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May 15, 2019
MAX IV

17 meter long detector chamber delivered to CoSAXS

17 meter long detector chamber delivered to CoSAXS

17 meter long detector chamber delivered to CoSAXS

17 meter long detector chamber delivered to CoSAXS

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MAX IV
-
May 15, 2019

Ann Terry, researcher at CoSAXS, about the new vacuum vessel and the coming science at the beamline

See a few clips from when the vacuum vessel was delivered and installed

The experimental techniques used at the CoSAXS beamline will use a huge vacuum vessel with possibilities to accommodate two in-vacuum detectors in the SAXS/WAXS geometry. A major milestone was reached for the CoSAXS project when this vessel was recently delivered, installed and tested.

The main method that will be used at the CoSAXS beamline is called Small Angle X-ray Scattering (SAXS). By detecting the scattered rays coming from the sample at shallow angles, less than 4° typically, it is possible to learn about the size, shape, and orientation of the small building blocks that make up different samples and how this structure gives these materials their properties. The materials to be studied can come from various sources and in diverse states, for example, plastics from packaging, food and how it is processed or proteins in solution which can be used as drugs.

The “co” in CoSAXS stands for coherence, a quality of the synchrotron light optimized at the MAX IV machine, that loosely could be translated as laser-likeness. In the specific case of X-ray Photon Correlation Spectroscopy (XPCS), it lets the researchers not only measure the structure of the building blocks in the sample but also their dynamics – how they change in time.

To profit from the weak scattering signals from the materials under study, the X-ray detectors have to be placed in a vacuum. Also, the detector distance from the sample needs to be varied over a considerable distance, sometimes during one experiment and according to the needs of the experiment. The 17 m long vacuum vessel on CoSAXS will allow the characterization of sizes from approximately 1 Ångström to 1millimeter.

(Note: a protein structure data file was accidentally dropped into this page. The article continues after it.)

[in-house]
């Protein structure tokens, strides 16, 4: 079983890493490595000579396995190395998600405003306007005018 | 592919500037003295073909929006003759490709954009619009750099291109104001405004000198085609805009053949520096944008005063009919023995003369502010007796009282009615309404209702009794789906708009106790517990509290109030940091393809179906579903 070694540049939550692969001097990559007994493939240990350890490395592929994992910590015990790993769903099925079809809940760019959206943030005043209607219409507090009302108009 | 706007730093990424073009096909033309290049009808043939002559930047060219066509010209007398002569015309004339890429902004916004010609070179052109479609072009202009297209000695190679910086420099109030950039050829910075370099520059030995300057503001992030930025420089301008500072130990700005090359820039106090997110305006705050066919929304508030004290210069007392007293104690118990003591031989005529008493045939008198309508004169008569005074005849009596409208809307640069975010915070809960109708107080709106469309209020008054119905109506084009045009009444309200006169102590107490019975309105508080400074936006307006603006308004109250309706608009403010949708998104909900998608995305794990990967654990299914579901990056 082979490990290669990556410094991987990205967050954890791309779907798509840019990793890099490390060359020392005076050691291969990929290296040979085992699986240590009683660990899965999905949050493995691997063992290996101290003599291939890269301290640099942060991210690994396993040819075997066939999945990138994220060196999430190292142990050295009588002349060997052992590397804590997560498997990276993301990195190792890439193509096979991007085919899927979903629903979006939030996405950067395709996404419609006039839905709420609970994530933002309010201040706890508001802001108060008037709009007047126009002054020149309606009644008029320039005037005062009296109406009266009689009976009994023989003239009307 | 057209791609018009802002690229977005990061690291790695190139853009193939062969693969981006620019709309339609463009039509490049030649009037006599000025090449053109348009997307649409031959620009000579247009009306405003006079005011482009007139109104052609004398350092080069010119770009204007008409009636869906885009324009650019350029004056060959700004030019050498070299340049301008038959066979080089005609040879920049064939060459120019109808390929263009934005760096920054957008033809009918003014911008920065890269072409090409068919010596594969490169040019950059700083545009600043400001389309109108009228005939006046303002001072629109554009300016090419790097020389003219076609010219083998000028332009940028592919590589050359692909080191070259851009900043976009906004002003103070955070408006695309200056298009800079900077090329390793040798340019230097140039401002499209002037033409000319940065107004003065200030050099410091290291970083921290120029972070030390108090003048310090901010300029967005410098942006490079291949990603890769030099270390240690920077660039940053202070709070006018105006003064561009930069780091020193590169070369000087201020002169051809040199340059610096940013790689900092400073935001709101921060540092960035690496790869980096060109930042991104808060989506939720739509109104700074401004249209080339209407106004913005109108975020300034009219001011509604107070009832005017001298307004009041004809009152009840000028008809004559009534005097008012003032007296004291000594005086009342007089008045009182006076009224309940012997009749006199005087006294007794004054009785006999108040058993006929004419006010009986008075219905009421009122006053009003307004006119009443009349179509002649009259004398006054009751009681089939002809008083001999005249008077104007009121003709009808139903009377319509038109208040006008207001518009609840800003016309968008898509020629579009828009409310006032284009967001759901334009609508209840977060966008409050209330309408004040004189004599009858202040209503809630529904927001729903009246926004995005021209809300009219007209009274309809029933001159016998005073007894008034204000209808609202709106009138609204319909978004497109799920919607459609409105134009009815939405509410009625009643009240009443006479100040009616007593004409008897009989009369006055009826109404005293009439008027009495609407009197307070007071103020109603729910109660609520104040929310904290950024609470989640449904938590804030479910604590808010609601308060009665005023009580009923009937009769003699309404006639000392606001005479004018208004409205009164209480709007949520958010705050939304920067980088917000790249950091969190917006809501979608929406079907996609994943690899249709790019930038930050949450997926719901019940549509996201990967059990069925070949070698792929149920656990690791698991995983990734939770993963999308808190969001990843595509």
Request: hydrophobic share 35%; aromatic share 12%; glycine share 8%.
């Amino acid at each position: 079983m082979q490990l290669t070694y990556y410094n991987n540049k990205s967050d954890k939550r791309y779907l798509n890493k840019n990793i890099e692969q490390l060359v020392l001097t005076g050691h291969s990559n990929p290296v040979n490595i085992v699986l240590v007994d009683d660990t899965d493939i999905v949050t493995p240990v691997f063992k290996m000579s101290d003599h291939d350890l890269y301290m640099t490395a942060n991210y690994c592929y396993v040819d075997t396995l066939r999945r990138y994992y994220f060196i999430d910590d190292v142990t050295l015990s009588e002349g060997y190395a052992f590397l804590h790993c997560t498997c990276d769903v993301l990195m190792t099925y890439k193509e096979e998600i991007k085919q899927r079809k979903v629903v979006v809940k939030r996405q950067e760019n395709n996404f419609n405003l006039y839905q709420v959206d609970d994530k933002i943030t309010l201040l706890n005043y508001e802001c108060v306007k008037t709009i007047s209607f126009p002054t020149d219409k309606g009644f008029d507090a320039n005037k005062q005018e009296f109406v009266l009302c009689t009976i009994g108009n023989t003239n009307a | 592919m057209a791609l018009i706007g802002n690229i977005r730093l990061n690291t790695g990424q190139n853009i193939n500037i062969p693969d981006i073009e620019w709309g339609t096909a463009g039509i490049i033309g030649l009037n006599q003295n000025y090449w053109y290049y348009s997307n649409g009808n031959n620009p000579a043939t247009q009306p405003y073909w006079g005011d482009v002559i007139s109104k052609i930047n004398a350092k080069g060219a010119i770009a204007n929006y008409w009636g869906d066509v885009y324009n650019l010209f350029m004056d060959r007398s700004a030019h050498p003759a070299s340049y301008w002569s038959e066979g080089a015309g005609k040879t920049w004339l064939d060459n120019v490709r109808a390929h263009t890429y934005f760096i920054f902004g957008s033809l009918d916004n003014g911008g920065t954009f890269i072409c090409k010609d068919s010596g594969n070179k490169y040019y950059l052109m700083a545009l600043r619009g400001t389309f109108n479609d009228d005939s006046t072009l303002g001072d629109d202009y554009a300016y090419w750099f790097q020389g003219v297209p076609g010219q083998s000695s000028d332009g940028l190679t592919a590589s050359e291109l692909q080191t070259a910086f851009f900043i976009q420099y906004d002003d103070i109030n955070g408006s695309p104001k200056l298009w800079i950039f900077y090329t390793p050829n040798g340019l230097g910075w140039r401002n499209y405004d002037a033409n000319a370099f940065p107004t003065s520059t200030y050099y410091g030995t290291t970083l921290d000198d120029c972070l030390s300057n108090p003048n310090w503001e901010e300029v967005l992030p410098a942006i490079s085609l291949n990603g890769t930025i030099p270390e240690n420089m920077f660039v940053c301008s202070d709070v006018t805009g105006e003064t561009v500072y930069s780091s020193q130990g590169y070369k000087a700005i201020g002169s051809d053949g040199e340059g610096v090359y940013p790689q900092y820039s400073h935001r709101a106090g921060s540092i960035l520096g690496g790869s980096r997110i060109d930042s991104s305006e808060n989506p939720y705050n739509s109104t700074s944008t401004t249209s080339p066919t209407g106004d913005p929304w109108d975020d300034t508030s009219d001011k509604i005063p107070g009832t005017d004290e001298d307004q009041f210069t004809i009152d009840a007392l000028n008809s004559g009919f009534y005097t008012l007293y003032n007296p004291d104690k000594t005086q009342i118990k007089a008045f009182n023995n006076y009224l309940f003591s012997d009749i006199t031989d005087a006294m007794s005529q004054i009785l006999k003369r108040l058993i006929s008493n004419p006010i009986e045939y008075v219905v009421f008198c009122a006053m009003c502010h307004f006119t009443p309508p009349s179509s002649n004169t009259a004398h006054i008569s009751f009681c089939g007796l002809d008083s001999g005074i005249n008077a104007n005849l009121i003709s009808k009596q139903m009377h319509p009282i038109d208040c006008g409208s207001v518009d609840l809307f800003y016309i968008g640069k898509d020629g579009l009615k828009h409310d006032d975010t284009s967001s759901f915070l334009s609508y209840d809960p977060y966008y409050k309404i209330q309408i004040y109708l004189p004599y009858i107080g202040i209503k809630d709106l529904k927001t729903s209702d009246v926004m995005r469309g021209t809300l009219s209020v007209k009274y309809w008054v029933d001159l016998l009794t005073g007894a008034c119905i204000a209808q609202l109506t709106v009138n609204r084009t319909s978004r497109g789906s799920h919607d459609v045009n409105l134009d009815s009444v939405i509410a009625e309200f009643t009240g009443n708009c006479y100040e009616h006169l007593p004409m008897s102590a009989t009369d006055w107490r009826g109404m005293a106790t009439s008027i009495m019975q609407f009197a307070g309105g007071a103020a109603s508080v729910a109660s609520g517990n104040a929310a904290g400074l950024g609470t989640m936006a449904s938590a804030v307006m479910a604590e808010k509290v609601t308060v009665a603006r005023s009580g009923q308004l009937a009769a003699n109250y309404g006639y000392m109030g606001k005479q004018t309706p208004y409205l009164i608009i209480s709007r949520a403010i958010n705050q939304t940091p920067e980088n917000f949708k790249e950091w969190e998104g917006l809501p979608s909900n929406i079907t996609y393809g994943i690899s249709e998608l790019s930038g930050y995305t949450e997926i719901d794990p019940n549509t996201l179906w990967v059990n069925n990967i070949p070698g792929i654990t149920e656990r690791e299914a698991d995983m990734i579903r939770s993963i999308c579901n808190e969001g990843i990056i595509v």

The full installation of the vacuum vessel took three weeks of work, including unloading, installation and extensive tests and the vacuum vessel. It is now in place and pumped down to its operating vacuum of about 10-2 millibar (air pressure is 1 bar).  This major milestone for the project has been achieved thanks to a joint effort of the manufacturer AVS Added Value Solutions, the support groups of the MAX IV laboratory and the CoSAXS team.

The next phases for the beamline include the installation of the detectors, final components, and sample environment to hold the samples and the start of the commissioning of the X-ray optics with synchrotron light.

Further information about CoSAXS can be found at

CoSAXS beamline page

AIP Conference Proceedings 2054, 030013 (2019)

X-ray tracing, design, and construction of an optimized optics scheme for CoSAXS, the small angle x-ray scattering beamline at MAX IV laboratory

Last updated:
May 15, 2019

MAX IV

MAX IV Laboratory is a Swedish national laboratory providing scientists with the most brilliant X-rays for research. With more than 30 years of experience operating the MAX I-III facilities it is now commissioning MAX IV, which was inaugurated 21 June 2016.

Click here to read more about us!